Kim TallBear is an Associate Professor of Native Studies at the University of Alberta in Canada and Research Chair in its department of Indigenous Peoples, Technoscience and Environment. An enrolled member of the Sisseton-Wahpeton Oyate tribe in South Dakota, her research focuses on the relationship between science and race/identity among Native American peoples.
TallBear’s most recent book, Native American DNA: Tribal Belonging and the False Promise of Genetic Science, examines the scientific premise behind Native Americans’ ownership (or former ownership) of lands and natural resources. She has traveled to the United States, Canada and United Kingdom to share her commentary on issues related to indigenous peoples, science and technology.
Associate Professor of Native Studies and Research Chair in Indigenous Peoples, Technoscience & Environment, University of Alberta
Location: Edmonton, Canada
Areas of Expertise: Indigenous peoples, environmental science, genetics, native studies, sexuality, race/identity
Erika Zavaleta is an expert in Environmental Science. She is a Professor of Ecology and Evolutionary Biology at the University of California, Santa Cruz. Her research concentrates on conservation, biodiversity, and climate change. Erika Zavaleta serves on the boards of EcoAdapt, The Tropical Forest Group, and the Wildlife Conservation Society’s Climate Adaptation Fund. She works in Telluride, Colorado from fall to winter, and Santa Cruz, California from spring to summer.
Lisa Alvarez-Cohen is a civil and environmental engineering professor at the University of California, Berkeley. She also serves as the vice provost for the Division of Academic Planning at UC Berkeley. Her expertise is in environmental microbiology, environmental engineering and bioremediation – a waste management technique that uses organisms to remove contaminants. Alvarez-Cohen is a member of the National Academy of Engineering and has co-authored an undergraduate textbook titled Environmental Engineering Science. She is a dynamic speaker as you can see in one of her lectures, here.
Professor of Environmental Engineering at UC Berkeley
Areas of Expertise: Environmental Engineering, Environmental Microbiology, Bio-remediation, Molecular and Isotopic Techniques for Studying Environmental Microbial Communities
Ben Chou analyzes policy for the Natural Resources Defense Council’s water program in Santa Monica, CA, where he works on issues relating to climate change and water resources as part of the water and climate team. Chou’s work has focused on how local and state governments and the federal government are preparing for the water-related impacts of climate change.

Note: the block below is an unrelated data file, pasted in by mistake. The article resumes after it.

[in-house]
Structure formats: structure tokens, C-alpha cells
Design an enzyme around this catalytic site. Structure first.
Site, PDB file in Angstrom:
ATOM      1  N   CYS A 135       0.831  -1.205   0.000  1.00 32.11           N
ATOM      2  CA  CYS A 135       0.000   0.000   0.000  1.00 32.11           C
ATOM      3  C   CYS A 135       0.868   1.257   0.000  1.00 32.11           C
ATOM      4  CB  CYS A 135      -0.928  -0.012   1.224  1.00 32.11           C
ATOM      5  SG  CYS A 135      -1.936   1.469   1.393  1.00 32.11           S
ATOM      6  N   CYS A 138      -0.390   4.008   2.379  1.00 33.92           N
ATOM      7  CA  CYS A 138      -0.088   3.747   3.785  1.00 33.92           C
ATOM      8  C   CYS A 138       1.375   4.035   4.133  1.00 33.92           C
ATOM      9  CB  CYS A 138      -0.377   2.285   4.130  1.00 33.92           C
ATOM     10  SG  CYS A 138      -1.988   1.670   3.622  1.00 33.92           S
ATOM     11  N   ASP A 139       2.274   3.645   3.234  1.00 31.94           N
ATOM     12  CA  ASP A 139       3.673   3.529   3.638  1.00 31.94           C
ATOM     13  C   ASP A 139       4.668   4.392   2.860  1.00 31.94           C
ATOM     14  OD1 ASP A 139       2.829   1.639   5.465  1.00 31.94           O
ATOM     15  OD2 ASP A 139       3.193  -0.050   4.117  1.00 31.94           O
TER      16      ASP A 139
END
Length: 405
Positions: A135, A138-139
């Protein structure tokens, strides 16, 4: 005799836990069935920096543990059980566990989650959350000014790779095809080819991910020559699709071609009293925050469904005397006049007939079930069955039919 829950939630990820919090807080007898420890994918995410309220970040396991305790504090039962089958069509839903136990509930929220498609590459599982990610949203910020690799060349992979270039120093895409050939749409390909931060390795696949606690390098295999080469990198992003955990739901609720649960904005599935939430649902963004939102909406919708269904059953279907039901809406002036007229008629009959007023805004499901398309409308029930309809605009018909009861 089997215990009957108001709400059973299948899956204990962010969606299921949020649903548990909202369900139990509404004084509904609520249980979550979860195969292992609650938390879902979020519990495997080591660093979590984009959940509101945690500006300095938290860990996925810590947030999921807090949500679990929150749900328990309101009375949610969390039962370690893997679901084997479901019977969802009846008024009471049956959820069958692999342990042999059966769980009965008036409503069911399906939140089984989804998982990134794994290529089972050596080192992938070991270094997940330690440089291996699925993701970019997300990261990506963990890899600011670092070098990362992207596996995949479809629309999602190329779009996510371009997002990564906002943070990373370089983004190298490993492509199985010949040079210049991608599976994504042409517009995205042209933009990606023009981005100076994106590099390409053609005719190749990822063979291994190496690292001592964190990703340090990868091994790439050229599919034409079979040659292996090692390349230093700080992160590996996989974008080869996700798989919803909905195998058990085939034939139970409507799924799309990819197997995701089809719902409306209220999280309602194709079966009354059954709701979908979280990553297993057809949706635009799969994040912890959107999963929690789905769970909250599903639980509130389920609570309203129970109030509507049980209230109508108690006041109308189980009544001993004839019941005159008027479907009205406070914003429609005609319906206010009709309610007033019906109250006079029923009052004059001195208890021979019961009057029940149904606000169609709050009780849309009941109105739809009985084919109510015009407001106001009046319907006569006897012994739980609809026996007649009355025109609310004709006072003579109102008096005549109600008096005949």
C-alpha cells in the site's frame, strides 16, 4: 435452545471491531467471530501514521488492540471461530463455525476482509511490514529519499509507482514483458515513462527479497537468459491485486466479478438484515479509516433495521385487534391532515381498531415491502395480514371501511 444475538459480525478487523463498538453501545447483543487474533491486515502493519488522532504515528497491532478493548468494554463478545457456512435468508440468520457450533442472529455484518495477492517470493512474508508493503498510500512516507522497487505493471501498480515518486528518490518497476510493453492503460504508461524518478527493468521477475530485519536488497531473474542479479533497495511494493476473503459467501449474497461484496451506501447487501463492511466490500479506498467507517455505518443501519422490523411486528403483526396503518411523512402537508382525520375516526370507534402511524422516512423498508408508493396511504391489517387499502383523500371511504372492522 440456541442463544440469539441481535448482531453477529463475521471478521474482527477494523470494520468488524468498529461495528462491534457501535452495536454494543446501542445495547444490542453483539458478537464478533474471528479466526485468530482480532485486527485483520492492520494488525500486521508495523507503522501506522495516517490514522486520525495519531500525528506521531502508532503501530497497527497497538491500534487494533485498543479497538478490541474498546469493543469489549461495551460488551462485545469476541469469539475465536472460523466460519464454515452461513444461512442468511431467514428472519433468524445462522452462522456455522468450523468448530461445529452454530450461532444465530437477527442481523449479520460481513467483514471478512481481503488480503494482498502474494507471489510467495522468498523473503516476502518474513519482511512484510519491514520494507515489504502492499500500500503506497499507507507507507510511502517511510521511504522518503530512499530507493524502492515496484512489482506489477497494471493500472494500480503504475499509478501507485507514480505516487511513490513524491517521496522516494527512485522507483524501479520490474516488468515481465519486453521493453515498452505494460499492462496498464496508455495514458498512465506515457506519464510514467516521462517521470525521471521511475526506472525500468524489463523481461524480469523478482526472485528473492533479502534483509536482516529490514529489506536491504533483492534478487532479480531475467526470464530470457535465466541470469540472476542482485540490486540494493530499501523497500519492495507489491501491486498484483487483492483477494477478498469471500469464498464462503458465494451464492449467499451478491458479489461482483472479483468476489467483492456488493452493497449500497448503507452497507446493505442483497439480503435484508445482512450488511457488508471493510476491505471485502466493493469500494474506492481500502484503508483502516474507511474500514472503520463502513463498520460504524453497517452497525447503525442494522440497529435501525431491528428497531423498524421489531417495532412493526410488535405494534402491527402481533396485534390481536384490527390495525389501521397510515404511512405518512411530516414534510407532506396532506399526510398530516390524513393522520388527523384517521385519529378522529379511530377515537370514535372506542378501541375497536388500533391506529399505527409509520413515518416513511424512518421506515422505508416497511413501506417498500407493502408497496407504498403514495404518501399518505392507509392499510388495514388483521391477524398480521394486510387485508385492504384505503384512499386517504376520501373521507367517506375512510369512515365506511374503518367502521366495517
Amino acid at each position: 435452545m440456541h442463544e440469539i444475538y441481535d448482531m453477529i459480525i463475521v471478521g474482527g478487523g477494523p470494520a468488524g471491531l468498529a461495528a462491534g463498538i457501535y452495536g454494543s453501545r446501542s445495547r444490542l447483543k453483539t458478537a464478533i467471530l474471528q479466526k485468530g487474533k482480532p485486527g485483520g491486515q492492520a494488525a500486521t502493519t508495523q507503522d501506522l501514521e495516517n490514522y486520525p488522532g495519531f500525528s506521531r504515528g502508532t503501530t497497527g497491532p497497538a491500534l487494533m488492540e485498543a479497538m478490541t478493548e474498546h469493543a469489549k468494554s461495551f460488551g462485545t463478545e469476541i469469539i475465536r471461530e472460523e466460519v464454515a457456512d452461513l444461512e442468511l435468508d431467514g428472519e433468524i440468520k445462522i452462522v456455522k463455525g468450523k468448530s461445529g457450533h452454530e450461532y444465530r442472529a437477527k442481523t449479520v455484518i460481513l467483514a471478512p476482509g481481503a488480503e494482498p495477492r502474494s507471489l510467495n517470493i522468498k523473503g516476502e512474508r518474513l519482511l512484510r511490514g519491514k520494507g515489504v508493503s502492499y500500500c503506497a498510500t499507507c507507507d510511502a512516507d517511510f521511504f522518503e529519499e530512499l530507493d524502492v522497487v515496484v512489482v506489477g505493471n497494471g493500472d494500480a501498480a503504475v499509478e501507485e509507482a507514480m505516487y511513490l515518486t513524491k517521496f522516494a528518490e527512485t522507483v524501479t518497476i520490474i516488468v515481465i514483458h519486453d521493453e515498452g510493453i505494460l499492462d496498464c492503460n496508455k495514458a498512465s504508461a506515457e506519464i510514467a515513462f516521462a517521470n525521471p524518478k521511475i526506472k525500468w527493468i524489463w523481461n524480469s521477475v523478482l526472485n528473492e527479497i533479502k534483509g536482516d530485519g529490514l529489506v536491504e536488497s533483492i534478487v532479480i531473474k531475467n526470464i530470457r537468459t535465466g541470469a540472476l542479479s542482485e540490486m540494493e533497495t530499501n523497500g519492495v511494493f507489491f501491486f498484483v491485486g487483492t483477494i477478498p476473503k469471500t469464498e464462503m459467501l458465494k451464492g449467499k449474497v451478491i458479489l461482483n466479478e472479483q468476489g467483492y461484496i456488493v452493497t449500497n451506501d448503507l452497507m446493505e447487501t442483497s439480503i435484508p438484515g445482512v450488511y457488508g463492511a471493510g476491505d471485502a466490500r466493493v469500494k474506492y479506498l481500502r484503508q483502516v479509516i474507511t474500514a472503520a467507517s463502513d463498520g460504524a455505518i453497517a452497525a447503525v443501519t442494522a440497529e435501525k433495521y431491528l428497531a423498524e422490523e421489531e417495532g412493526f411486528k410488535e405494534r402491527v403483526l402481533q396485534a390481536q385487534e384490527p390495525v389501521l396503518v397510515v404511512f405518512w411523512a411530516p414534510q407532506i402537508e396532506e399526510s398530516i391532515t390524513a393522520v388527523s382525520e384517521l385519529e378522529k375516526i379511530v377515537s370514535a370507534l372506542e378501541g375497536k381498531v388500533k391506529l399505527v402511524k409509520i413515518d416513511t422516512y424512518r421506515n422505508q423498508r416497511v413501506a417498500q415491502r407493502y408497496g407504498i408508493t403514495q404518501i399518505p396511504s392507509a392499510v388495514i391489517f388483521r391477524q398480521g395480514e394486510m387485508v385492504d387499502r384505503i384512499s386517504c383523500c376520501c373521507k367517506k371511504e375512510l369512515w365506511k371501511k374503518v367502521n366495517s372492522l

Prior to joining NRDC in 2011, he spent three years working on drinking water regulatory issues at the Arizona Department of Environmental Quality. He also has worked previously at the International Research Institute for Climate and Society at Columbia University and with the Climate and Air Program at the Environmental Defense Fund.
Chou graduated from the University of South Carolina in 2005 and received his master’s degree from Columbia University in 2007.
Water Policy Analyst of the Water Program at Natural Resources Defense Council
Areas of Expertise: Water Infrastructure and Climate Change Resiliency, Urban Water Efficiency for Drought Management, Importance of Soil Health for Agricultural Climate Resiliency
Dr. Hussein A. Amery teaches at the Colorado School of Mines and has served as associate provost of the university as well as director of the Division of Liberal Arts and International Studies. His research is centered on water and food security in the Arab World and the Middle East.
He has co-edited a book on the hydropolitics along the Jordan River basin, and published numerous papers on themes such as the potential for water war, Islamic perspectives on the natural environment, water management in Lebanon, and on conflict resolution along the Tigris and Euphrates rivers. Currently, Amery is expanding his research into potential threats to the critical infrastructure in the Arab Gulf States. He has consulted on water and political geography issues for U.S. government agencies, Canada’s International Development and Research Center, and American engineering firms.
Associate Professor of International Studies at the Colorado School of Mines
Areas of Expertise: Water and Food Security, Human and Environmental Security, Transboundary Water Conflicts; Identifying and Analyzing Threats to Critical Infrastructure in the Arab Gulf States and the Wider Middle East
Location: Golden, CO
Phone: (303) 273 3339
Heard on NPR Source of the Week: Dr. Amery Discusses The Relationship Between The Energy Industry and Water Security In Arab Gulf States